Neuromodulatory Control: Personalizing electrical stimulation for medical therapeutics


Neuromodulatory Control: Personalizing electrical stimulation for medical therapeutics
Tuesday, January 22, 2019
3:30PM – 5PM
POB 6.304

Joshua Chang

The use of electrical stimulation as a therapeutic modality is rapidly expanding its reach into all disciplines in medicine. These electroceuticals are being used to combat everything from Parkinsonian tremors, epilepsy to depression and inflammatory bowel disease. Compared to the field of pharmaceuticals where much is known about the pharmacodynamics and kinetics of molecular compounds, very little is known in this field regarding the electrical dynamics and kinetics of complex neurological networks. Most research done in this field has been through the use of rudimentary rectangular biphasic stimulus waveforms. In this talk, I will review some of the computational strategies that have been used to optimize the shape of the stimulus waveform, and I will discuss some potential ideas for future exploration.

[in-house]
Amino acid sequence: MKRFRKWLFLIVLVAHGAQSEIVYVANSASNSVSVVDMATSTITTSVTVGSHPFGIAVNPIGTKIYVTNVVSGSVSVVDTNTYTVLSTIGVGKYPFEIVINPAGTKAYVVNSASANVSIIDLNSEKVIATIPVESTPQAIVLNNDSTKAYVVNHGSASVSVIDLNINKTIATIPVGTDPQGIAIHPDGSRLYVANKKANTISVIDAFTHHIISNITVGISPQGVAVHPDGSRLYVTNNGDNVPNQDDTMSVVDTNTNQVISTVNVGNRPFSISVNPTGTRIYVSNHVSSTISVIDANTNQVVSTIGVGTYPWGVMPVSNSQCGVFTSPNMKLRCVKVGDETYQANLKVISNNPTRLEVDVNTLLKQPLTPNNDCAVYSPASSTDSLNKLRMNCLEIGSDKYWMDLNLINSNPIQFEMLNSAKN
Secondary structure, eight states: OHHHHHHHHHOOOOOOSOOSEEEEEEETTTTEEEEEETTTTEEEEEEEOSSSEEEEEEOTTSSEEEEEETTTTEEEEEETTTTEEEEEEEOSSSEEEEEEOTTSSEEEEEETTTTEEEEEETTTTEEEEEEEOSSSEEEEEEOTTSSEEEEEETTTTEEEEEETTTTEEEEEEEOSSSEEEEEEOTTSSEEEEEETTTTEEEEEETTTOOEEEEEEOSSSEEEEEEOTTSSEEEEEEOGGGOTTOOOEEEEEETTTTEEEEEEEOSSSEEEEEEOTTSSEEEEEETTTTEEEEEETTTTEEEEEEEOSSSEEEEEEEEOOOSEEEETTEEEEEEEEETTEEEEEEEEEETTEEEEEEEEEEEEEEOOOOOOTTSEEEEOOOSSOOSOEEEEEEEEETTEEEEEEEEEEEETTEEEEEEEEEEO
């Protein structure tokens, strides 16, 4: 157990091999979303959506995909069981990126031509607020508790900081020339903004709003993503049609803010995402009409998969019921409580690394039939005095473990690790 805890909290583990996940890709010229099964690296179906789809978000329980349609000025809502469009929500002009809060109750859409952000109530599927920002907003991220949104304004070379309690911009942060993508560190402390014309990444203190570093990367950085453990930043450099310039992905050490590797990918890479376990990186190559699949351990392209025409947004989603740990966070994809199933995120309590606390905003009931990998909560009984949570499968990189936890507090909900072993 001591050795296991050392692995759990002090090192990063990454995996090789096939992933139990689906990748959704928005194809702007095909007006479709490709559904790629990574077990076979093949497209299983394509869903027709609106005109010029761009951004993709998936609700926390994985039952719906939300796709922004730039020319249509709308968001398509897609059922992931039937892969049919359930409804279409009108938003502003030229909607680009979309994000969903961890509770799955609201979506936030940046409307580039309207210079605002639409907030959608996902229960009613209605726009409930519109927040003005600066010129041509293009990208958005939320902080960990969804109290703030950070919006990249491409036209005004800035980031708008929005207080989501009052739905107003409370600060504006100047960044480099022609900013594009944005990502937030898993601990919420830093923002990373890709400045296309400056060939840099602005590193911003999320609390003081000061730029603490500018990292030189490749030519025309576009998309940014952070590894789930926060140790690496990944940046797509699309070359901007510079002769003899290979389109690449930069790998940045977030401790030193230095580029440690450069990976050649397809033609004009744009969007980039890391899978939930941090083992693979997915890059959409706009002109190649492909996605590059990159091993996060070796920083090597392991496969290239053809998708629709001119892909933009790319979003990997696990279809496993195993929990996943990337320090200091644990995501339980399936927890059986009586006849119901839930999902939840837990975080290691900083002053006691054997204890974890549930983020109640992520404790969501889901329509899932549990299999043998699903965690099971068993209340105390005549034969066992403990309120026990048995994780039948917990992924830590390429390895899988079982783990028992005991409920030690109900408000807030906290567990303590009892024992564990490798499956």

Joshua Chang is an assistant professor of the Departments of Neurology and Population Health at Dell Medical School at The University of Texas at Austin. He received his B.S. and M.Eng at MIT in Electrical Engineering and Computer Science, with a focusing on signal processing, control theory and artificial intelligence. After working a couple years as a software engineer and IT consultant, he pursued an MD/PhD at the University of Massachusetts Medical School, where he completed his thesis in Quantitative Health Sciences under the supervision of Dr. David Paydarfar in the design and development of evolutionary algorithms to optimize stimulus waveforms for implantable electrical devices. He continues his research here as an investigator of the Clayton Foundation for Research.

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